• Sabattini S, Giantin M, Barbanera A et al (2016) Feline intestinal mast cell tumours: clinicopathological characterisation and KIT mutation analysis. J Feline Med Surg 18 (4), 280-289 PubMed.
  • Lalor S, Schwartz A M, Titmarsh H et al (2014) Cats with inflammatory bowel disease and intestinal small cell lymphoma have low serum concentrations of 25-hydroxyvitamin D. J Vet Intern Med 28 (2), 351-355 PubMed.
  • Barrs V R, Beatty J A (2012) Feline alimentary lymphoma: 1. Classification, risk factors, clinical signs and non-invasive diagnostics. J Feline Med Surg 14 (3), 182-90 PubMed.
  • Barrs V R, Beatty J A (2012) Feline alimentary lymphoma: 2. Further diagnostics, therapy and prognosis. J Feline Med Surg 14 (3), 191-201 PubMed.
  • Green M L, Smith J D, Kass P H (2011) Surgical versus non-surgical treatment of feline small intestinal adenocarcinoma and the influence of metastasis on long-term survival in 18 cats (2000-2007). Can Vet J 52 (10), 1101-1105 PubMed.
  • Laurenson M P, Skorupski K A, Moore P F et al (2011) Ultrasonography of intestinal mast cell tumors in the cat. Vet Radiol Ultrasound 52 (3), 330-334 PubMed.
  • Rissetto K, Villamil J A, Selting K A et al (2011) Recent trends in feline intestinal neoplasia: an epidemiologic study of 1,129 cases in the veterinary medical database from 1964 to 2004. J Am Anim Hosp Assoc 47 (1), 28-36 PubMed.
  • Smith A L, Wilson A P, Hardie R J et al (2011) Perioperative complications after full-thickness gastrointestinal surgery in cats with alimentary lymphoma. Vet Surg 40 (7), 849-852 PubMed.
  • Gieger T (2011) Alimentary lymphoma in cats and dogs. Vet Clin North Am Small Anim Pract 41 (2), 419-432 PubMed.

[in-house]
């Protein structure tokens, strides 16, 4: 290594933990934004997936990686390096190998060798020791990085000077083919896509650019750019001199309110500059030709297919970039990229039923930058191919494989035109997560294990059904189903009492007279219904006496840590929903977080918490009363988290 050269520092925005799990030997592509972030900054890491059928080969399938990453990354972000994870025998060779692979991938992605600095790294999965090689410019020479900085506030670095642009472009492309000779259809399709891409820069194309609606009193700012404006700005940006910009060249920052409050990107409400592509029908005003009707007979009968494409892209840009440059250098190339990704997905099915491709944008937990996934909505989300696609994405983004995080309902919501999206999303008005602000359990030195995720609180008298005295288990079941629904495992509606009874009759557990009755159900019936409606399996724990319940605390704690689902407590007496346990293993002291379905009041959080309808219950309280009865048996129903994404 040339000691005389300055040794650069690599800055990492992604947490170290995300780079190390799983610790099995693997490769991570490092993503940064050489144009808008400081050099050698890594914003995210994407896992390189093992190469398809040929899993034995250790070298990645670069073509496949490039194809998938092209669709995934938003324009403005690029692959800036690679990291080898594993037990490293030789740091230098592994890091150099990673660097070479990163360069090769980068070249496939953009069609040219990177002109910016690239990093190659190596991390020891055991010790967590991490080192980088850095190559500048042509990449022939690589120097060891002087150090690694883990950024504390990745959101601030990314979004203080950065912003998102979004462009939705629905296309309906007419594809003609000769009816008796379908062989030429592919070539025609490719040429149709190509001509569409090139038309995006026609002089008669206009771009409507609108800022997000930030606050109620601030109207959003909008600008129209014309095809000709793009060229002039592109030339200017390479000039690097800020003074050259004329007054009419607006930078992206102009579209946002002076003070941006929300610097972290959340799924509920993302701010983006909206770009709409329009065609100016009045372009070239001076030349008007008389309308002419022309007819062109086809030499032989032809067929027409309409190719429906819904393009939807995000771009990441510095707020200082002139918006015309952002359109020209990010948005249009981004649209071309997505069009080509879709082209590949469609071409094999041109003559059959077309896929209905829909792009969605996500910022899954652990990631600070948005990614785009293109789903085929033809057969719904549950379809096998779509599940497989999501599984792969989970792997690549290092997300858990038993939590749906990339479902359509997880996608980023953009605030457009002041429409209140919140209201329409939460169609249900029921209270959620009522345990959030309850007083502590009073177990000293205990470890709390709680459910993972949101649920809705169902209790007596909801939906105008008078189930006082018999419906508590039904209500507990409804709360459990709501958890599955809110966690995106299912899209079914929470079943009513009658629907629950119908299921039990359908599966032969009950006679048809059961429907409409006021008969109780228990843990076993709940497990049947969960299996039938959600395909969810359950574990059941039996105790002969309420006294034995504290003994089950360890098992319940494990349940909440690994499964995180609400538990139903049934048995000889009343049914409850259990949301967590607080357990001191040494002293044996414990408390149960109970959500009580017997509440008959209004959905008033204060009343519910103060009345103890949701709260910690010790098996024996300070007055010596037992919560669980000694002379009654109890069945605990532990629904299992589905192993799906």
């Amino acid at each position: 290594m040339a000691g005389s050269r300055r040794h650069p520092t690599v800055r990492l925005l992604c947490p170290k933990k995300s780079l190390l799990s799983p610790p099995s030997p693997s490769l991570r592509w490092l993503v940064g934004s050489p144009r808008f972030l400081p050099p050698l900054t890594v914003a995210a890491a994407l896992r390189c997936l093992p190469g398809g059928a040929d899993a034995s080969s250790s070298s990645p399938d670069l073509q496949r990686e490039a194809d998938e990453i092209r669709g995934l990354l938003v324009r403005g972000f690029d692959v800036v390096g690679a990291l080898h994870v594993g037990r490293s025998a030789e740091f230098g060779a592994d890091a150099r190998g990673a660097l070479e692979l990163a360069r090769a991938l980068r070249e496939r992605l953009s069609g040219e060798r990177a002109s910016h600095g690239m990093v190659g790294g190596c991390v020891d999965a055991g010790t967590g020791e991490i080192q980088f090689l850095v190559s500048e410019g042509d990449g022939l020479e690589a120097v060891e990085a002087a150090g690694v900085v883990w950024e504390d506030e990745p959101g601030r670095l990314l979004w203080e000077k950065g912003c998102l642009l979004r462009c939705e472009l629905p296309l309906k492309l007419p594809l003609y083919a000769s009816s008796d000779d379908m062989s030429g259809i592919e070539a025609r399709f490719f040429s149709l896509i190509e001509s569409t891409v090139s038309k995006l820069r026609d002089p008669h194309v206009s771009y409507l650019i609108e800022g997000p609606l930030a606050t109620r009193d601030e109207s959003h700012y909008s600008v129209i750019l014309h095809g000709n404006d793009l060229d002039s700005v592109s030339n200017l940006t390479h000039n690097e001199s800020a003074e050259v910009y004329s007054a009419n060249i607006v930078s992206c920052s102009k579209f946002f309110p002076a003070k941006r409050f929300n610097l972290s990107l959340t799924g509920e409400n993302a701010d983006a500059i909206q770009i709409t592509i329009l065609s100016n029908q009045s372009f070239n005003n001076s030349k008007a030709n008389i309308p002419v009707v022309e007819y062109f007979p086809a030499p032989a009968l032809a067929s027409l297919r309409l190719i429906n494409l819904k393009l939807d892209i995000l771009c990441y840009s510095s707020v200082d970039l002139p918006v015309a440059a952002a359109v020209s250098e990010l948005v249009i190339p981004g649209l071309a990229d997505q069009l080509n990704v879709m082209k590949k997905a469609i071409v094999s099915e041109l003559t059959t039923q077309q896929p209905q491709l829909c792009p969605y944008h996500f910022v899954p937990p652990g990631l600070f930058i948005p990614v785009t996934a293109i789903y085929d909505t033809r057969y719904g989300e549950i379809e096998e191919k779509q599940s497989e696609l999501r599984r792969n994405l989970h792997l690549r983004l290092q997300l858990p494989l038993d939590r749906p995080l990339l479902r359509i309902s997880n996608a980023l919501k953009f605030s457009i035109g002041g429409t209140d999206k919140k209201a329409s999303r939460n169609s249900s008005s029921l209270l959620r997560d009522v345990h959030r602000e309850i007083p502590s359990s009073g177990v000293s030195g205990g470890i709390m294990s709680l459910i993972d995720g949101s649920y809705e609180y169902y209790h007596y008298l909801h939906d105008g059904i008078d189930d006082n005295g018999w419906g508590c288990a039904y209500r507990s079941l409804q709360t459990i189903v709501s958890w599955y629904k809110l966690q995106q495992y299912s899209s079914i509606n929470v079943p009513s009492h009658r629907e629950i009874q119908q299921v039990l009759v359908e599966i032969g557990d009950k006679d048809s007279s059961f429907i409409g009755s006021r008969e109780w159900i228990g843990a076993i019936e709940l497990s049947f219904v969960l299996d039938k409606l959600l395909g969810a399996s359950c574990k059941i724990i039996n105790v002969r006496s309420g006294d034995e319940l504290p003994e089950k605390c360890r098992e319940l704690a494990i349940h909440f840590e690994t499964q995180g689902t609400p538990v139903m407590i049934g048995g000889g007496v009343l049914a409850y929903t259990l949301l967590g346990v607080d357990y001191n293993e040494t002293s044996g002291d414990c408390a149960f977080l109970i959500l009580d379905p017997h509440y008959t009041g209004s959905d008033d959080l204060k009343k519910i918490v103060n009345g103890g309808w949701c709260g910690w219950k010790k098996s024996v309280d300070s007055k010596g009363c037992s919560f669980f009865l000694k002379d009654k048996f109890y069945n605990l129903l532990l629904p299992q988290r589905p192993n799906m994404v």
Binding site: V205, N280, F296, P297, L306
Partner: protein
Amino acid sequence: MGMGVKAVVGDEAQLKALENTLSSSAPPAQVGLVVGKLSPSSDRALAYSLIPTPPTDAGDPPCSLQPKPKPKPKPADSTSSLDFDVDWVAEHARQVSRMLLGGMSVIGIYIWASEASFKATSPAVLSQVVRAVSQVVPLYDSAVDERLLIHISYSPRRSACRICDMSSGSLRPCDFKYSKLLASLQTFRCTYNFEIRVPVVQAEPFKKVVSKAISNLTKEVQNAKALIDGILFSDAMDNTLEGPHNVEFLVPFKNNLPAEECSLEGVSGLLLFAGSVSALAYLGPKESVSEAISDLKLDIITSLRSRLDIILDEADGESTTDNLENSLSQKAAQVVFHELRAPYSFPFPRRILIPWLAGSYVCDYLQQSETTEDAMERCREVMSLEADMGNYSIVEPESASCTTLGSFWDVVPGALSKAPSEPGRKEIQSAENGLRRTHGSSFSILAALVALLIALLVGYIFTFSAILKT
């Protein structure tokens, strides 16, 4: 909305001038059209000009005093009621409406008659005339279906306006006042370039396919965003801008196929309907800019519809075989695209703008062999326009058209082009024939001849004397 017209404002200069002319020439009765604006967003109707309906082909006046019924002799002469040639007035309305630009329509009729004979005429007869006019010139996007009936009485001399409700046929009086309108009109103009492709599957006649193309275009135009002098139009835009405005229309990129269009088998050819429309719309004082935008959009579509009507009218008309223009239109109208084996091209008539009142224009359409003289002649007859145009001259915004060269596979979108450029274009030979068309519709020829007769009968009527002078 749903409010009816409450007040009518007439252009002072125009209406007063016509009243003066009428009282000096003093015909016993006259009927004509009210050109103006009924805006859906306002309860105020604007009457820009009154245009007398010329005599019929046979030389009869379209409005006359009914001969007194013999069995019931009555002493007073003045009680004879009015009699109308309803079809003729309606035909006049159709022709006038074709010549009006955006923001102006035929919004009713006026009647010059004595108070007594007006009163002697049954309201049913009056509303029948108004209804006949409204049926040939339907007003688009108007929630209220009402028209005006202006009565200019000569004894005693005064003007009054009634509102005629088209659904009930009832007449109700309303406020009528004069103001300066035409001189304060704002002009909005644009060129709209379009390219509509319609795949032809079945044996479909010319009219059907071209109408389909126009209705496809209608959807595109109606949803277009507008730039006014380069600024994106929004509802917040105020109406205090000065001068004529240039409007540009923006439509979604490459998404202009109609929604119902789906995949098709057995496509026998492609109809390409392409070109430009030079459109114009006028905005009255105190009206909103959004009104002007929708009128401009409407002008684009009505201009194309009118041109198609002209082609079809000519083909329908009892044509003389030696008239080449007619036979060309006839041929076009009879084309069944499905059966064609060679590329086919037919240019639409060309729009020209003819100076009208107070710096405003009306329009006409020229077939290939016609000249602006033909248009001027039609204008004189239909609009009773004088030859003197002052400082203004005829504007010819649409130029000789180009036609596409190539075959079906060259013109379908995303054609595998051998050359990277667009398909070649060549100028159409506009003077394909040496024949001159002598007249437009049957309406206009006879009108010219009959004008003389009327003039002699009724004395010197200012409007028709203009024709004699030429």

• Halsey C H, Powers B E, Kamstock D A (2010) Feline intestinal sclerosing mast cell tumour: 50 cases (1997-2008). Vet Comp Oncol (1), 72-79 PubMed.
  • Stein T J, Pellin M, Steinberg H et al (2010) Treatment of feline gastrointestinal small-cell lymphoma with chlorambucil and glucocorticoids. J Am Anim Hosp Assoc 46 (6), 413-417 PubMed.
  • Pohlman L M, Higginbotham M L, Welles E G et al (2009) Immunophenotypic and histologic classification of 50 cases of feline gastrointestinal lymphoma. Vet Pathol 46 (2), 259-268 PubMed.
  • Patterson-Kane J C, Kugler P, Francis K (2004) The possible prognostic significance of immunophenotype in feline alimentary lymphoma: a pilot study. J Comp Pathol 130 (2-3), 220-222 PubMed.
  • Sharpe A, Cannon M J, Lucke V M et al (2000) Intestinal haemangiosarcoma in the cat: clinical and pathological features of four cases. J Small Anim Pract 41 (9), 411-415 PubMed.
  • Barrand K R & Scudamore C L (1999) Intestinal leiomyosarcoma in a cat. JSAP 40 (5), 216-219 PubMed.
  • Howl J H & Peterson M G (1998) Intestinal mast cell tumor in a cat - presentation as eosinophilic enteritis. JAAHA 31 (6), 457-461 PubMed.
  • Zwahlen C H, Lucrovy M D, Kraegel S A et al (1998) Results of chemotherapy for cats with alimentary malignant lymphoma - 21 cases (1993-1997). JAVMA 213 (8), 1144-1149 PubMed.
  • Mahoney O M, Moore A S, Cotter S M et al (1995) Alimentary lymphoma in cats - 28 cases (1988-1993). JAVMA 207 (12), 1593-1598 PubMed.

Other sources of information

  • Vail D M, Withrow S J, Page R L (2013) Cancer of the gastrointestinal tract. In: Small Animal Clinical Oncology. Withrow S J & MacEwen E G (eds). 5th edn. Philadelphia: W B Saunders Co., pp 412-423.
  • Graham J C (1997) Current concepts in gastrointestinal neoplasia. In:Consultations in feline internal medicine. Chapter 14 pp 99-103.